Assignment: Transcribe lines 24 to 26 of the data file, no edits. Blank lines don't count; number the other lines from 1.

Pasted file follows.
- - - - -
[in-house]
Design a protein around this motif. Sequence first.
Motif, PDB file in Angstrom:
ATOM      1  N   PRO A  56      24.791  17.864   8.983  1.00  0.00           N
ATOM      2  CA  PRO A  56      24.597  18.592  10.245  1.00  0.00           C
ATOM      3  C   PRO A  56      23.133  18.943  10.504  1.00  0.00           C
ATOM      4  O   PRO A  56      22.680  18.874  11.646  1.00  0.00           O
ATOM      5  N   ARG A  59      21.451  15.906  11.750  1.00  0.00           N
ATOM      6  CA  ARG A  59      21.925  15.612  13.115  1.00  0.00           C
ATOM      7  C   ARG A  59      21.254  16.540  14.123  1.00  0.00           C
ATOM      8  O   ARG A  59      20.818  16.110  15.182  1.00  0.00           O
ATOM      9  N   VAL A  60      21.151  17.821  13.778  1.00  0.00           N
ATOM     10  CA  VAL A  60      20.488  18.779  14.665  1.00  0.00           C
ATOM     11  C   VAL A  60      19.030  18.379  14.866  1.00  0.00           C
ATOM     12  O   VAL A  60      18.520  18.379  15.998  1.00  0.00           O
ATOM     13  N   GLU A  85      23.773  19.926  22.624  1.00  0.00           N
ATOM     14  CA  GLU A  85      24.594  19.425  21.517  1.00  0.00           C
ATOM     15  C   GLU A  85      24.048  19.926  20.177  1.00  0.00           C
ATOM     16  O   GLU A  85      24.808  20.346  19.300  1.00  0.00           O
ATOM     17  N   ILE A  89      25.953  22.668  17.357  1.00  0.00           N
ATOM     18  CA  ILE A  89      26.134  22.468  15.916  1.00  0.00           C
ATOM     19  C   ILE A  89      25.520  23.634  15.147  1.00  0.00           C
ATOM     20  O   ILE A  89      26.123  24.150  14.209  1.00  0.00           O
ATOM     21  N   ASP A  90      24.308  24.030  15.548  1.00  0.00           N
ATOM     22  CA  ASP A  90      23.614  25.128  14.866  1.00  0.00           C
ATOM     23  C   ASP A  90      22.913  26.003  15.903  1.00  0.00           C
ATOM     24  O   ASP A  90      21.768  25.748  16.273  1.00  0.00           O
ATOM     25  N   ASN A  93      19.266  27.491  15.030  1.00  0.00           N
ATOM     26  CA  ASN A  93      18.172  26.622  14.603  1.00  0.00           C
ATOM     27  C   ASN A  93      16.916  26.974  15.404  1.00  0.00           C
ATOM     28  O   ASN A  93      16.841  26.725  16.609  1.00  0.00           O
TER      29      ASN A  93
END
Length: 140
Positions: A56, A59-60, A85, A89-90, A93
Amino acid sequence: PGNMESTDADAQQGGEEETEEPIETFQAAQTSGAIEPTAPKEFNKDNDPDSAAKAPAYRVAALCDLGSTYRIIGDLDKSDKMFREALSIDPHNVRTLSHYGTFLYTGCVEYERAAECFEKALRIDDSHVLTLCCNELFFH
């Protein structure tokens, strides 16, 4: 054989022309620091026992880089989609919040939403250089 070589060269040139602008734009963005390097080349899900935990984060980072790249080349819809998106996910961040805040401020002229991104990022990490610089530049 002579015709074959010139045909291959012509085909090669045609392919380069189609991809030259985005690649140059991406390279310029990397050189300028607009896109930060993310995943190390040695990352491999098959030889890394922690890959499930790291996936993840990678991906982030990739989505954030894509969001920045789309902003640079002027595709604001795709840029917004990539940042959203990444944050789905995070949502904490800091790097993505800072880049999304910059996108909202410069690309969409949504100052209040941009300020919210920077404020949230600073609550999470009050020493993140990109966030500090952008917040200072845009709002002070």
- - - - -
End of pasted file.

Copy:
ATOM     21  N   ASP A  90      24.308  24.030  15.548  1.00  0.00           N
ATOM     22  CA  ASP A  90      23.614  25.128  14.866  1.00  0.00           C
ATOM     23  C   ASP A  90      22.913  26.003  15.903  1.00  0.00           C